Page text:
Contributed by Gábor Kovács & for more on Barcelona: surfingtheplanet.com/en/what-to-see-in-barcelona-in-3-days/
There are only two Christmas Markets in Basel, Switzerland, and they are called Basler Weinnacht. They are located at Barfusserplatz and Munsterplatz and are easily within walking distance to each other. What I loved about these markets was that they are less crowded and easy to get around. Yet they had all the elements of the wonderful massive markets without all the crowds.There is definitely something to be said about that! While there, I saw Christmas “cabins” that had candle making, glass firing, jagertee (tea), glühwein (mulled wine) and jus chaud (hot juice in orange or pomegranate), as well as chestnuts roasting! I can recommend these two smaller markets.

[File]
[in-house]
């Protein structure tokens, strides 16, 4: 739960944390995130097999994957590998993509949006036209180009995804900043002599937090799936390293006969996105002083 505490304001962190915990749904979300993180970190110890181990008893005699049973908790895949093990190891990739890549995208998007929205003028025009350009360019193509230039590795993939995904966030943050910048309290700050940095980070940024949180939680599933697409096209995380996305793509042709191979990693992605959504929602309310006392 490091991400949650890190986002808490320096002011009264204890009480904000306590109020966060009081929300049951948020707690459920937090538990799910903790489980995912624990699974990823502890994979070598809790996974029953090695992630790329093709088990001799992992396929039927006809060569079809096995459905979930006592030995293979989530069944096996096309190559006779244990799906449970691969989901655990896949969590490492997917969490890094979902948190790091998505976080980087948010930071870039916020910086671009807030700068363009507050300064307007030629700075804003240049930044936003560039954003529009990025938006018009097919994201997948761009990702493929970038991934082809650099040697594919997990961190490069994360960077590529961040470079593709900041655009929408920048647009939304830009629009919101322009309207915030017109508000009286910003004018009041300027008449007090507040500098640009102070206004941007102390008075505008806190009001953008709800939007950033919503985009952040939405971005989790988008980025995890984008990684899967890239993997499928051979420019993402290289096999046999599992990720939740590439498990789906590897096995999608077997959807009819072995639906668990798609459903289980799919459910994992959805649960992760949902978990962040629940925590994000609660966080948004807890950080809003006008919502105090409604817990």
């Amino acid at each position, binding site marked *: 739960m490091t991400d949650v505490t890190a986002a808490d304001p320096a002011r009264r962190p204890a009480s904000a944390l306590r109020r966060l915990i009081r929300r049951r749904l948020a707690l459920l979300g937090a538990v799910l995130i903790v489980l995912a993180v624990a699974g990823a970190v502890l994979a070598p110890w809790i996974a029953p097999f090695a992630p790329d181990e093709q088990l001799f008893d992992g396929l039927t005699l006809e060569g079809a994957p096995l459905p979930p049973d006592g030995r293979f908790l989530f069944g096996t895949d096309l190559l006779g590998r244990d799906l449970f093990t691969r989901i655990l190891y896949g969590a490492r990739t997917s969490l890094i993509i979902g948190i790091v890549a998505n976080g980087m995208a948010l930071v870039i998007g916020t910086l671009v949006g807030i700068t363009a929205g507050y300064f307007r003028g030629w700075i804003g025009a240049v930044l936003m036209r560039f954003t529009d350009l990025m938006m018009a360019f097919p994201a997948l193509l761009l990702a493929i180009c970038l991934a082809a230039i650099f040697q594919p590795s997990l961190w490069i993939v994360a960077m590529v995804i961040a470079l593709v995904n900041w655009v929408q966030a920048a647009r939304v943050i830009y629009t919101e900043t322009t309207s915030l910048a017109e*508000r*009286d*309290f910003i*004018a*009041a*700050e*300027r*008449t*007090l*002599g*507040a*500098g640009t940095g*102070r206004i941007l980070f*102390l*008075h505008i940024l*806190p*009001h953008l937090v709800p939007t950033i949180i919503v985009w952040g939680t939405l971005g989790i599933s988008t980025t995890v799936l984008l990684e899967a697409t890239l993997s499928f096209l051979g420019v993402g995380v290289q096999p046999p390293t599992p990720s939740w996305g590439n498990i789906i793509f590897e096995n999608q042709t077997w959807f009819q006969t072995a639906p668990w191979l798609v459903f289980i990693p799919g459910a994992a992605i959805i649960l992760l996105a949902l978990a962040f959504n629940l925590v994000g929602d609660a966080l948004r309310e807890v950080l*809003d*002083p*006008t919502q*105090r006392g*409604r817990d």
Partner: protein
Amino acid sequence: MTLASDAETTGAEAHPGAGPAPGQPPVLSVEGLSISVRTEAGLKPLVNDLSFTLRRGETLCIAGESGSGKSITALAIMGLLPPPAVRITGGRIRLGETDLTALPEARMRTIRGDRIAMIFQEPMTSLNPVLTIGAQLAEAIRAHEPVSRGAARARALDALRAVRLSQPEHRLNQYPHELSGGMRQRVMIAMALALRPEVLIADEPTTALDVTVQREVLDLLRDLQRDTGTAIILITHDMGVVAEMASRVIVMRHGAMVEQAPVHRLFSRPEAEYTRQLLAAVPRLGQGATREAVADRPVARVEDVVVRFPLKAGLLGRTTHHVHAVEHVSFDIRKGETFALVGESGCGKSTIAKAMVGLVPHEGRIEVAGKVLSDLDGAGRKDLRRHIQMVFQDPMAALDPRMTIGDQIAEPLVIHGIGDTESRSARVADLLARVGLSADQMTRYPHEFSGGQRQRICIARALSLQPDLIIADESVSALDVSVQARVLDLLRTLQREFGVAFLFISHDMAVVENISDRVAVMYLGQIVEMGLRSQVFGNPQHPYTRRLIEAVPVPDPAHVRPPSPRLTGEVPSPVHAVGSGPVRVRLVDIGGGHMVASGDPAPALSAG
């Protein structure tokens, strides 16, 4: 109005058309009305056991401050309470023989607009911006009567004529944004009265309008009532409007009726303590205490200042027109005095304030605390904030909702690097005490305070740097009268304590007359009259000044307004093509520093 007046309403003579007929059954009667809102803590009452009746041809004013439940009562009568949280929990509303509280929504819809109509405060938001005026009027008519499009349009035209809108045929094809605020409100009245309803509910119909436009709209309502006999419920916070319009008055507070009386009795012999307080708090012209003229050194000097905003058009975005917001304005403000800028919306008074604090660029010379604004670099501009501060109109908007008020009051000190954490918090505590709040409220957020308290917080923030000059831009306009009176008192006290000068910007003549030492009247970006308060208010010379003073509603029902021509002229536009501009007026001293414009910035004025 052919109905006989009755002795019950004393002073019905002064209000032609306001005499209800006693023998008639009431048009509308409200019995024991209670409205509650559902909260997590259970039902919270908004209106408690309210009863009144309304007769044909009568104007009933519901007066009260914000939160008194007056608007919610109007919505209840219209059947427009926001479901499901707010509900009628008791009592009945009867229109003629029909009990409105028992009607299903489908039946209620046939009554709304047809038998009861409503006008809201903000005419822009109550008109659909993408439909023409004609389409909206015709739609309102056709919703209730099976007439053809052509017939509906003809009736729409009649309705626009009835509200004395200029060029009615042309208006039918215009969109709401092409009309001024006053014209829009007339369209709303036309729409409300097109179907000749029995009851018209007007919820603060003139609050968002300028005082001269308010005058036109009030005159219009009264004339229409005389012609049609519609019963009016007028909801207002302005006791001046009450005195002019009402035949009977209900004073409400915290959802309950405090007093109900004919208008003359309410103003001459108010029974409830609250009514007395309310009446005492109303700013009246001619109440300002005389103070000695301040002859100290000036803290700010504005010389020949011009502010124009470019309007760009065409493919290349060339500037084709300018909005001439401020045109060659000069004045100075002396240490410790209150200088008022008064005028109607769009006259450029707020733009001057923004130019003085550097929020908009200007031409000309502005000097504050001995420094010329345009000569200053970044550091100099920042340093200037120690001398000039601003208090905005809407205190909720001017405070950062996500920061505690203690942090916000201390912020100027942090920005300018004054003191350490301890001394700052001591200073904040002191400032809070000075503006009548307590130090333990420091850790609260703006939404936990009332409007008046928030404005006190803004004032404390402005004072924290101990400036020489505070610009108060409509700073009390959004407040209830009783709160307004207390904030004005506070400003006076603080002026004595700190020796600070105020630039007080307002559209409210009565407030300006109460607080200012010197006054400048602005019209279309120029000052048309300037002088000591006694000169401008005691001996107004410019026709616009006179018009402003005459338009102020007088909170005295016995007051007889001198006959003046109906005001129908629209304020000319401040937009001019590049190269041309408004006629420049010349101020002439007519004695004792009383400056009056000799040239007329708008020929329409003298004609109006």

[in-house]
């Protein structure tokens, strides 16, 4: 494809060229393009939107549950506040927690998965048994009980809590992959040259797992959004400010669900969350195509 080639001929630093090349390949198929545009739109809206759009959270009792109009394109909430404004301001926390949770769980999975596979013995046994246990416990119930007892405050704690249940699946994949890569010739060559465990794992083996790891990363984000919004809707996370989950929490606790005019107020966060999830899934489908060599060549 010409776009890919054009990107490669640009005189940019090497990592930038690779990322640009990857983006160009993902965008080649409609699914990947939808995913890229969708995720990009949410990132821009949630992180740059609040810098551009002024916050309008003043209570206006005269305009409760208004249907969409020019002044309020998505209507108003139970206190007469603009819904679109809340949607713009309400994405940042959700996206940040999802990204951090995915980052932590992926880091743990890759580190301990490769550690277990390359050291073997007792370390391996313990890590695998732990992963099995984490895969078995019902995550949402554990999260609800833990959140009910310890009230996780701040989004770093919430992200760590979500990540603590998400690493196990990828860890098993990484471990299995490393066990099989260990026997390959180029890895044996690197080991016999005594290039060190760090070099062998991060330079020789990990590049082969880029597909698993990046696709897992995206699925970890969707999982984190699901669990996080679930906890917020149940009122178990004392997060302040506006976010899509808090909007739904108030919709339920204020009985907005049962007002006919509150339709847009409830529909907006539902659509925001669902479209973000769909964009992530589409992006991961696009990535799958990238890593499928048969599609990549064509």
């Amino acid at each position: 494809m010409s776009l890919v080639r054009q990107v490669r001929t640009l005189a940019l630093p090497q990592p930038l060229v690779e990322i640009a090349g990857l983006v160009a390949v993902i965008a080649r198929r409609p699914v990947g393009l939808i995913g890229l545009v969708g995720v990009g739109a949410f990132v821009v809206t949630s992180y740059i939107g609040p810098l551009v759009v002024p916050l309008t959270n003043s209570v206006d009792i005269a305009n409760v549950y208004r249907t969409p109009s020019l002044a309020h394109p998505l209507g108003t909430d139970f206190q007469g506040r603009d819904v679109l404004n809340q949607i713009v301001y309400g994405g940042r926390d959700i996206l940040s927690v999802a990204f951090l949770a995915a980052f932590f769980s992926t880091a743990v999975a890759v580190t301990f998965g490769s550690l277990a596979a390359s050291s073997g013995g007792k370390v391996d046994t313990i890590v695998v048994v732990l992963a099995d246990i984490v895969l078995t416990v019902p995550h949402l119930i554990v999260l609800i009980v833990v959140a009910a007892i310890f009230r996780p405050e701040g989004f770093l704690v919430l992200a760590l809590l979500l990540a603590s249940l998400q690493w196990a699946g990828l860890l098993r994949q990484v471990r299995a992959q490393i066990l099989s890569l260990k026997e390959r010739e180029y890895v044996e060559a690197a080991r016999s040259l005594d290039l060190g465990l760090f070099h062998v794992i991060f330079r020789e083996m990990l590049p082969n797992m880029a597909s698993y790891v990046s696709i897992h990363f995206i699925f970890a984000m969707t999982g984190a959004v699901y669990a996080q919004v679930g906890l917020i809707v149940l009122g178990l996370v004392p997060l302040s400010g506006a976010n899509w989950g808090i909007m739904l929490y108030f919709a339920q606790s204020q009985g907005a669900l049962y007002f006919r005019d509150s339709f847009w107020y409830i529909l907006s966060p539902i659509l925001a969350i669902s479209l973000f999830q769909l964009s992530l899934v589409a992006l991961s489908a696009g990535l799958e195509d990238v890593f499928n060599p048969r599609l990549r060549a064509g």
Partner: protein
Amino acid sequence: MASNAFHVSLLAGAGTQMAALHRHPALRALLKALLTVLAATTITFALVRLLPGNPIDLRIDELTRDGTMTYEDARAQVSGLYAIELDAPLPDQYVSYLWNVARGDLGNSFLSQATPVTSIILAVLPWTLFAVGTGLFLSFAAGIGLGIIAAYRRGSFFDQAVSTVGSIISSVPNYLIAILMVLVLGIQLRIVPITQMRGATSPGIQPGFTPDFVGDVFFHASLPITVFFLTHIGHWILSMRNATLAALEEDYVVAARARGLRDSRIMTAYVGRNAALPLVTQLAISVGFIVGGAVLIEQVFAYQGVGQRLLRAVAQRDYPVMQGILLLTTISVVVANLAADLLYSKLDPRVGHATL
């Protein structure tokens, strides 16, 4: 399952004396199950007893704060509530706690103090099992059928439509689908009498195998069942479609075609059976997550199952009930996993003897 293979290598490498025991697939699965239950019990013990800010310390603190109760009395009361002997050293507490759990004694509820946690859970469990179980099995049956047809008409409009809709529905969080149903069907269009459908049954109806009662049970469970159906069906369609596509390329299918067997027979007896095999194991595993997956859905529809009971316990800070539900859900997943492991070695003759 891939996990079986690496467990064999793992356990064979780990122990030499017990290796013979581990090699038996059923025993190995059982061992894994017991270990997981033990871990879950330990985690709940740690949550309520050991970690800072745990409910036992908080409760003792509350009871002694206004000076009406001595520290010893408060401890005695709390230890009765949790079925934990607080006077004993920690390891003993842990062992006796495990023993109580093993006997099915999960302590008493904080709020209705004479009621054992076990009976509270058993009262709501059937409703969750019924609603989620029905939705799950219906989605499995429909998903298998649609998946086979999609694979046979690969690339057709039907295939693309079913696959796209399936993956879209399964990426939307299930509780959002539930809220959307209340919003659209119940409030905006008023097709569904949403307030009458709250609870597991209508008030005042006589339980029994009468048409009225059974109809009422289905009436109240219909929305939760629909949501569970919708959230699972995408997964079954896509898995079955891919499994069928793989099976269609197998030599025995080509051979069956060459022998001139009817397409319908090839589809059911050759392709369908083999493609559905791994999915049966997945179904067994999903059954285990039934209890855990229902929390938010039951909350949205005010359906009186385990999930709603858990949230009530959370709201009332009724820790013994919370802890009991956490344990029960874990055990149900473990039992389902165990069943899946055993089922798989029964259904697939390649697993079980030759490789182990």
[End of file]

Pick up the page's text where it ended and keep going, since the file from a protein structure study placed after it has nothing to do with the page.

Contributed by Dr. Cacinda Maloney & for more on Basel Christmas markets: pointsandtravel.com/basel-switzerland-christmas-markets/
The German Market in Birmingham, UK is the most awaited and visited Christmas market in England. It typically starts on the last week of November and runs until the Christmas period. The German Market kick starts the festive season in the city with its beautiful log cabins, over-flowing German beer, pretzels, bratwurst and much more! Oh! Don’t forget to try the mulled wine and the hot chocolate. It is definitely a great day and night out with friends and family. The Christmas German Market also have log cabin stalls for all the Christmas trinkets and possible gift option for the festive gift giving.
Contributed by Ryazan Tristram & for more on Birmingham: Points of Interest: Places to Visit in Birmingham (UK)